Calls to cut red tape for places of worship
While praising the Jakarta administration’s decision to allow religious activities at the National Monument (Monas) park compound, a commitment to cut bureaucratic red tape for religious communities planning to build places of worship is much more needed by minority religions.
According to the 2006 joint ministerial decree between the Home Ministry and the Religious Affairs Ministry, the establishment of houses of worship requires at least 90 signatures from congregation members and 60 signatures of people living in the neighborhood of the planned house of worship. This requirement alone has made it harder for minority religions to establish their own places of worship.
“It’s practically easier to set up a massage parlor than to build a house of worship,” Rusli, of the Indonesian Buddhist Council Organization [Walubi], said, adding that there were many Buddhist temples or Viharas operating illegally, because the management were overwhelmed by the complicated requirements.
According to Gubernatorial Decree No. 83/2012, which serves as a derivative of the ministerial decree, in addition to having 90 congregation members and supported by 60 people in the neighborhood, the religious community must obtain a principal permit from the governor. The permit would allow the religious community to acquire a building construction permit (IMB) so that they can start construction legally.
“My bureau will only submit the proposal to the governor if they are able to get a recommendation from mayors of the municipality where the house of worship is located, a recommendation from the Jakarta branch of the Interfaith Communication Forum (FKUB) and a recommendation from the regional office of Religious Affairs Ministry,” the head of Jakarta’s Mental and Spiritual Education Bureau, Aceng Zaini, said.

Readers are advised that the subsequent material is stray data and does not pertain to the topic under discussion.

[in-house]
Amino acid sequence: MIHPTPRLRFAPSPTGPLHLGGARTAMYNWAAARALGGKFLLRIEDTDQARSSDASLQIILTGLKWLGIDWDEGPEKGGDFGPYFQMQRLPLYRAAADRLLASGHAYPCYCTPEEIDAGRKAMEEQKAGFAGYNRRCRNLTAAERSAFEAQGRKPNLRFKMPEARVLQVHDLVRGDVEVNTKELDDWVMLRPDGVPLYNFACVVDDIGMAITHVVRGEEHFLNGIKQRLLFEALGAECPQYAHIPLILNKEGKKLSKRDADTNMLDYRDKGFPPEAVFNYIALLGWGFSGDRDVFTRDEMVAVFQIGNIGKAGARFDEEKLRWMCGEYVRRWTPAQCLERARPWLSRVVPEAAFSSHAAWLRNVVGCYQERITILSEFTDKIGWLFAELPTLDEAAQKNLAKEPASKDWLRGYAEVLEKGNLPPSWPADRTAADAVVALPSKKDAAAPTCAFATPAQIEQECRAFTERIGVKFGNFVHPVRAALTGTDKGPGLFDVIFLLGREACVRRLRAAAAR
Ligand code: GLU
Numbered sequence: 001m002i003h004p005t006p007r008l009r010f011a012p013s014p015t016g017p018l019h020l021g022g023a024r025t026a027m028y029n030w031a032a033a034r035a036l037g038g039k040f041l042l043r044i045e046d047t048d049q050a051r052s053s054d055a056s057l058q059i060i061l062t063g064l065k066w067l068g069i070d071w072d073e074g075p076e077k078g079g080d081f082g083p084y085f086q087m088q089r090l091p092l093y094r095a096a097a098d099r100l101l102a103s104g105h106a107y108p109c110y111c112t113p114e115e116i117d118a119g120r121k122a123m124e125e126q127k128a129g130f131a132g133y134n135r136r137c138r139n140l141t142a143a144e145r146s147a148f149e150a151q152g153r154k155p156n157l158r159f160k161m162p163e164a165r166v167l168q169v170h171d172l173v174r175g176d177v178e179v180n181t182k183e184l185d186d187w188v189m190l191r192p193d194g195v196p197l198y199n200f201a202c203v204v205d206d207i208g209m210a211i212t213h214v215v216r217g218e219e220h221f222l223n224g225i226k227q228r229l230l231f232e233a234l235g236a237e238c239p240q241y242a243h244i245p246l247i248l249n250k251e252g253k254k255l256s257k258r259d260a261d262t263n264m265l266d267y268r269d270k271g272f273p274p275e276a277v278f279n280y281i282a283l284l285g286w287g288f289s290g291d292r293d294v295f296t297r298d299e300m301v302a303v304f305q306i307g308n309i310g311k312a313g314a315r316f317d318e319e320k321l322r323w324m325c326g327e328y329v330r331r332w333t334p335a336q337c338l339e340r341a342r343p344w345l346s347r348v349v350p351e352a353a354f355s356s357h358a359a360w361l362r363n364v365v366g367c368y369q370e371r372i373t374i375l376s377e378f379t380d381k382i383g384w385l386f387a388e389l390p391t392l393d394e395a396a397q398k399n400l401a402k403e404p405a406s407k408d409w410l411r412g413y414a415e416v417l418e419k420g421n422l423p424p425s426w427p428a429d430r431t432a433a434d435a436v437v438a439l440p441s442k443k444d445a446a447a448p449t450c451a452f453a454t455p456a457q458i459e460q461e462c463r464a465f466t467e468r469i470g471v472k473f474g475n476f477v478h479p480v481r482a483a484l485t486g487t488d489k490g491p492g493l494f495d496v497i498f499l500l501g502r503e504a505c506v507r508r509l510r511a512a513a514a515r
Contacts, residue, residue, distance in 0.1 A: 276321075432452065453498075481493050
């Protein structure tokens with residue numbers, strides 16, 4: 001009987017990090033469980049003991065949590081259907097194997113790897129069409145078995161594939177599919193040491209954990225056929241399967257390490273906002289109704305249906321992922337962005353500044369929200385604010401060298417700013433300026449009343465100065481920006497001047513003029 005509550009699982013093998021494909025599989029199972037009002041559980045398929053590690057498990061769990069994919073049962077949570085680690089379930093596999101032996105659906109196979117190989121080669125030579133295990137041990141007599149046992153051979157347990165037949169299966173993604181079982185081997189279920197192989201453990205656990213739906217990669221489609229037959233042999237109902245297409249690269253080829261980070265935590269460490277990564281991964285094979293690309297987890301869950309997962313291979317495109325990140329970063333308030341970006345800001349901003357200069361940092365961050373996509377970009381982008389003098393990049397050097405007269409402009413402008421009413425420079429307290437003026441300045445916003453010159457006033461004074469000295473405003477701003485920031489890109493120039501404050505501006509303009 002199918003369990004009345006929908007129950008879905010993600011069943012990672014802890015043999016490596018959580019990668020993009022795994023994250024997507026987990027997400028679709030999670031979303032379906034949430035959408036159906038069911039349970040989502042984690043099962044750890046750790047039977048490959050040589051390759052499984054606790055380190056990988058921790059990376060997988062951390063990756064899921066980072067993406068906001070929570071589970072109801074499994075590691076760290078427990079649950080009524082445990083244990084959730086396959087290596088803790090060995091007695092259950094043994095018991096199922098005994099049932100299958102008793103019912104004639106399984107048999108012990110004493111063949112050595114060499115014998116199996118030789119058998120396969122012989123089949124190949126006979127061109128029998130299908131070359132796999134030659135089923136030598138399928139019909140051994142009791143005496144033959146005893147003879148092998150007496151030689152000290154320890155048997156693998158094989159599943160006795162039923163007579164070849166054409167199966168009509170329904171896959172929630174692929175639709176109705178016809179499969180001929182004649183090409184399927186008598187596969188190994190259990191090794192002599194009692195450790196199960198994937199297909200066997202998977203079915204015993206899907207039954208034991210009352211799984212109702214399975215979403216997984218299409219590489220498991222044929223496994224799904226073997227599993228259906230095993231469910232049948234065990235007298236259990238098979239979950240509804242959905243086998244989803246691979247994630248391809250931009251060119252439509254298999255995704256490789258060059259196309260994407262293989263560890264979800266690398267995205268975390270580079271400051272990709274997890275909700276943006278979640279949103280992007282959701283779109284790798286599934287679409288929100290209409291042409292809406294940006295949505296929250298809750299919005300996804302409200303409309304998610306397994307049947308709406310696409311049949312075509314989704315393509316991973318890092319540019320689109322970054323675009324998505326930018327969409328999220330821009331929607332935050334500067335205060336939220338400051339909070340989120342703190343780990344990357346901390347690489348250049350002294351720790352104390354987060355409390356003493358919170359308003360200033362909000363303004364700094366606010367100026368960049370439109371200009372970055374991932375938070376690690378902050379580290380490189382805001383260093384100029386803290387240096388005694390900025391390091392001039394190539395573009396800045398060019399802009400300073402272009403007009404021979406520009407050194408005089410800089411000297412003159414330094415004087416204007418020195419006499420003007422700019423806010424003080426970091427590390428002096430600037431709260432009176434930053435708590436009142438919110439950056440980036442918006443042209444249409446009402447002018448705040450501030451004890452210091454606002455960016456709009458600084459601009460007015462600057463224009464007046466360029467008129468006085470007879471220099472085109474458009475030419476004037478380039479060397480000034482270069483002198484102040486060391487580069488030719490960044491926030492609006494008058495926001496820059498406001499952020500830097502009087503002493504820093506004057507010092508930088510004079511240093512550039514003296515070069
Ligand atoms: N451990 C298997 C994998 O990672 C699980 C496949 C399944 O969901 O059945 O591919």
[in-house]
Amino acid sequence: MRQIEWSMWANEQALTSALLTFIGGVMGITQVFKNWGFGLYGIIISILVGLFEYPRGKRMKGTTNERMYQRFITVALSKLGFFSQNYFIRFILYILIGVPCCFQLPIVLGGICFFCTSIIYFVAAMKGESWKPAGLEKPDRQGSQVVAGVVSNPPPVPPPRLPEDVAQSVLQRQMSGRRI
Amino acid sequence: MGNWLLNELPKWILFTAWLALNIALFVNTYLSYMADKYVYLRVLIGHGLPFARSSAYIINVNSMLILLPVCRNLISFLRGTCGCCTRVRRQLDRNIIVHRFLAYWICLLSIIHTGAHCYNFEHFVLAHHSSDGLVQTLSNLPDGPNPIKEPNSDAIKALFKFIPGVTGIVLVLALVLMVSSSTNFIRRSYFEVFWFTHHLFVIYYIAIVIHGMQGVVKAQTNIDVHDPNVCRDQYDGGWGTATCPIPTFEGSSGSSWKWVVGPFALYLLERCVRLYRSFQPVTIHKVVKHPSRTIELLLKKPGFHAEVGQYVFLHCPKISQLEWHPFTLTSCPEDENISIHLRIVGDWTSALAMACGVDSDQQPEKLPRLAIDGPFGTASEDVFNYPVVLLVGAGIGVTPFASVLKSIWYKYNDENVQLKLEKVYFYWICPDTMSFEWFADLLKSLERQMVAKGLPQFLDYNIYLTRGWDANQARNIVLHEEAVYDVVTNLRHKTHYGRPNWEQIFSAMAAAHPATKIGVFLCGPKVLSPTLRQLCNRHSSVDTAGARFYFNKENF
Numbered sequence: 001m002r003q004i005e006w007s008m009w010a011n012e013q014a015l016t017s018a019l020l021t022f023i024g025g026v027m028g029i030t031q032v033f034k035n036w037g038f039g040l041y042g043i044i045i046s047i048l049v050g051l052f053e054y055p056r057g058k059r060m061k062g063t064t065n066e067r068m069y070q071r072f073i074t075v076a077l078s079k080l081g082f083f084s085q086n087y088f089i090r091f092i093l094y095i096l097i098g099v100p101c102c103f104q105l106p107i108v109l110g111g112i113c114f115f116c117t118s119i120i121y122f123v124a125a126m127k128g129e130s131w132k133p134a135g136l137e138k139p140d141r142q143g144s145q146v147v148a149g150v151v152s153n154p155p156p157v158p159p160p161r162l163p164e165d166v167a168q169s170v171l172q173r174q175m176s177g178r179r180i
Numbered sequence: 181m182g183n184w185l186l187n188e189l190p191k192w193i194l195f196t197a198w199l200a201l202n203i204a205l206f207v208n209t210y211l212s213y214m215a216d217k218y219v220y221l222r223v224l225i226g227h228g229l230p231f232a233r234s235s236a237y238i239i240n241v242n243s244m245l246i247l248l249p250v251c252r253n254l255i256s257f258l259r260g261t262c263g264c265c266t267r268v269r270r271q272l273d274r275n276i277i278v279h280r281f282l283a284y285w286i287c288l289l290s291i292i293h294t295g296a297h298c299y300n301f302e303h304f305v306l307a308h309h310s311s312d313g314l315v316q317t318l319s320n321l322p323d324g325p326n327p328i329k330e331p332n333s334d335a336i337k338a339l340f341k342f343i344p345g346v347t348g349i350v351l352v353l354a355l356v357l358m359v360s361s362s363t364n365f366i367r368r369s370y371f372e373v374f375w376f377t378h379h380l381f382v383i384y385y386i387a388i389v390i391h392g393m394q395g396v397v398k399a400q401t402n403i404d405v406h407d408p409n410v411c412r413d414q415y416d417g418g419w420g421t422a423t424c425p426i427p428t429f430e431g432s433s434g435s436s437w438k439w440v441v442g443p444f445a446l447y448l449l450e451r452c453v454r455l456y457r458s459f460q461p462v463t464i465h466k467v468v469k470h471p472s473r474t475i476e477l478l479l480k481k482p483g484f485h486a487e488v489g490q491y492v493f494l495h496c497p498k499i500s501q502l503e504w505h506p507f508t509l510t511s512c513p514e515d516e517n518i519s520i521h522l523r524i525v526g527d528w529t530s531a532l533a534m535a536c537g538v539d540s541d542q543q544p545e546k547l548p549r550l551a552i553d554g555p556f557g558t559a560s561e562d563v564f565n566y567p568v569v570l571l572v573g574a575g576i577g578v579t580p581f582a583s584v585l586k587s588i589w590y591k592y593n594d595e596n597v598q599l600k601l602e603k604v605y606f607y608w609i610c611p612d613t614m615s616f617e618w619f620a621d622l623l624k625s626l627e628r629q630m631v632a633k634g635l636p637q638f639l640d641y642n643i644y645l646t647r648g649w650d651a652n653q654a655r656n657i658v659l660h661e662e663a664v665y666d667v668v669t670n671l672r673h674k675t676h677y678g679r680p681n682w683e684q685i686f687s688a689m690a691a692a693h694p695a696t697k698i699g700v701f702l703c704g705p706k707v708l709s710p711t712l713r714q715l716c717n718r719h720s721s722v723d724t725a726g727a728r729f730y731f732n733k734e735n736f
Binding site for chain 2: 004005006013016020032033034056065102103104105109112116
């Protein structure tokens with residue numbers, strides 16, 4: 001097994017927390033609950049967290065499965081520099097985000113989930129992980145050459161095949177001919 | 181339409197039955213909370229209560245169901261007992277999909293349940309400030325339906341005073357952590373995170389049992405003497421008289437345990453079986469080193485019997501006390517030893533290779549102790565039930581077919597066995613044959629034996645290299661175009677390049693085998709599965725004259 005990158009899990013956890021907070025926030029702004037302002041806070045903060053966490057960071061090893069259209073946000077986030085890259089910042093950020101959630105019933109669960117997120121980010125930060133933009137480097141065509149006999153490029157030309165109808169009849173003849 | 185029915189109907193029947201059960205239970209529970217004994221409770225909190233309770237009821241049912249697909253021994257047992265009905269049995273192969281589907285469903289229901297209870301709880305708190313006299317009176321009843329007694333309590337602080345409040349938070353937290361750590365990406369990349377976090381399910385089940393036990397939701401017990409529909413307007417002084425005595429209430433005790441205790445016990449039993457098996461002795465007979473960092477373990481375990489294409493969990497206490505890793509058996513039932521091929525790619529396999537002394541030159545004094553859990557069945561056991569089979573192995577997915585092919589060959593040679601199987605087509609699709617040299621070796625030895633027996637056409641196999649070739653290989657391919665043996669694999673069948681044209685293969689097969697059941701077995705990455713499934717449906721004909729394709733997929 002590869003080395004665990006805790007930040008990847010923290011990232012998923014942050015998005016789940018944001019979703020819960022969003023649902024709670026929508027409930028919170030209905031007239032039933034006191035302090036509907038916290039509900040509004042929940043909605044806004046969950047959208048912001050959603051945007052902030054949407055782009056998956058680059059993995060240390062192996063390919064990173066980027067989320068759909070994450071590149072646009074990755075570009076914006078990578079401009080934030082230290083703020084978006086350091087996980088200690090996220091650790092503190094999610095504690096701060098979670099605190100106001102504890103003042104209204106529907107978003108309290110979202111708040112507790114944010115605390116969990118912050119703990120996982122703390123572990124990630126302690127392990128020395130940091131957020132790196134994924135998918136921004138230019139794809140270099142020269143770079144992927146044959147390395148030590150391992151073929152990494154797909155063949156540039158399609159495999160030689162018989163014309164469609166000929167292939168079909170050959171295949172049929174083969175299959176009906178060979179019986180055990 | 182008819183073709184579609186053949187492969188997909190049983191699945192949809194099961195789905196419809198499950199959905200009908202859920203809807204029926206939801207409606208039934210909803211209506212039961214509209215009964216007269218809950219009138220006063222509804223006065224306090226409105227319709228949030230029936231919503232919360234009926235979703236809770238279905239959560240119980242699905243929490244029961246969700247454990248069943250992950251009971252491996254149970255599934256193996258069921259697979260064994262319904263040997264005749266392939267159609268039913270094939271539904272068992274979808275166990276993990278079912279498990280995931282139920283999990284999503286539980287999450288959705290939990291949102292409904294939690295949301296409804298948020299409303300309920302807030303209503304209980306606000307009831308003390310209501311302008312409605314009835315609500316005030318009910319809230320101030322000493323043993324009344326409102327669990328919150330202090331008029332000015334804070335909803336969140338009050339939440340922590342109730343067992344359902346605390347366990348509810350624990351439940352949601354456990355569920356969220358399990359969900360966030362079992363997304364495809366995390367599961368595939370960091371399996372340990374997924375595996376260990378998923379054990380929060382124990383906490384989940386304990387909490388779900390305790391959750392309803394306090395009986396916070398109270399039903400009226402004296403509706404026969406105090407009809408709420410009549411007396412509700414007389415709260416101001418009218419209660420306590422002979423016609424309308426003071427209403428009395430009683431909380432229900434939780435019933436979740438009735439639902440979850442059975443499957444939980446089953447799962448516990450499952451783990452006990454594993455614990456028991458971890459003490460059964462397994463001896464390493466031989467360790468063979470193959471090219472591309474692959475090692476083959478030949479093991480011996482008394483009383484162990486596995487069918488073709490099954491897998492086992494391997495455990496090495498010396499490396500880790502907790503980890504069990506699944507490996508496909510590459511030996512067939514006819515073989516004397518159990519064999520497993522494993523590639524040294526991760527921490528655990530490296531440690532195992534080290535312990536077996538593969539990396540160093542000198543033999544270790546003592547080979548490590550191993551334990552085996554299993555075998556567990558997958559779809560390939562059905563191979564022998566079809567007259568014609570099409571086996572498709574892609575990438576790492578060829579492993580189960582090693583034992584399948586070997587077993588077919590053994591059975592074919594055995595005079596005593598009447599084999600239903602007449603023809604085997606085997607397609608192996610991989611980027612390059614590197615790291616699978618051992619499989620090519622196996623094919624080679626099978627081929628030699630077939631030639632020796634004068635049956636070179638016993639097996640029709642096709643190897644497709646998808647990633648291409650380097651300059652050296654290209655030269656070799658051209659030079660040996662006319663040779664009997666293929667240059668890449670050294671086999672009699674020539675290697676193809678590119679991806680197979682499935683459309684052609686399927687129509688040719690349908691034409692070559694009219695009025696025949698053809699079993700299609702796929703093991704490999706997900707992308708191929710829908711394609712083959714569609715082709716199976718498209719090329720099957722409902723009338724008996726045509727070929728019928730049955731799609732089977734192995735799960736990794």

The bureau is responsible for processing proposals to issue permits for places of worship.
According to 2015 data from the bureau, there are 245 registered Vihara, serving almost 380,000 Buddhists in the city.
The bureau has also registered 45 Catholic churches serving 402,000 people and 27 Hindu temples for 19,000 people.
Aceng said there were some 10,000 registered places of worship in the capital, around 8,700 of which were mosques and mushola (small mosques). “But those are only the ones on our databases, there are definitely more [...] because some of them haven’t applied for permits.”
He said the process was simple and would only take three to four weeks to process if they met all the requirements. The bureau has only issued 13 permits this year, Aceng said, six of which were for mosques and seven for churches.
The secretary of Jakarta chapter of FKUB, Taufiq Rahman Azhar, said a recommendation from his agency was needed to make sure that the construction of a place of worship would not cause conflict in a community.
This year, Jakarta’s FKUB has issued 12 recommendations, mostly for mosques and churches.
Taufiq said religious communities must talk to the neighborhood, the community units, district and sub-district offices and obtain stamped signatures from all posts, including 60 supporters in the neighborhood. “We also suggest that the 60 are made up of people from different religions, so we can know that there would not be a conflict in the future.”
Setara Institute deputy director Bonar Tigor Naipospos said the requirements had raised the ire of minority religions for being too bureaucratic. “The government should uphold the freedom to gather, unite and express religious belief according to the constitution. It should not be restricted by others,” he said.
The same regulation had forced then governor Basuki “Ahok” Tjahaja Purnama to close a Protestant Church in 2015 because of lack of supports although it had been established for 30 years.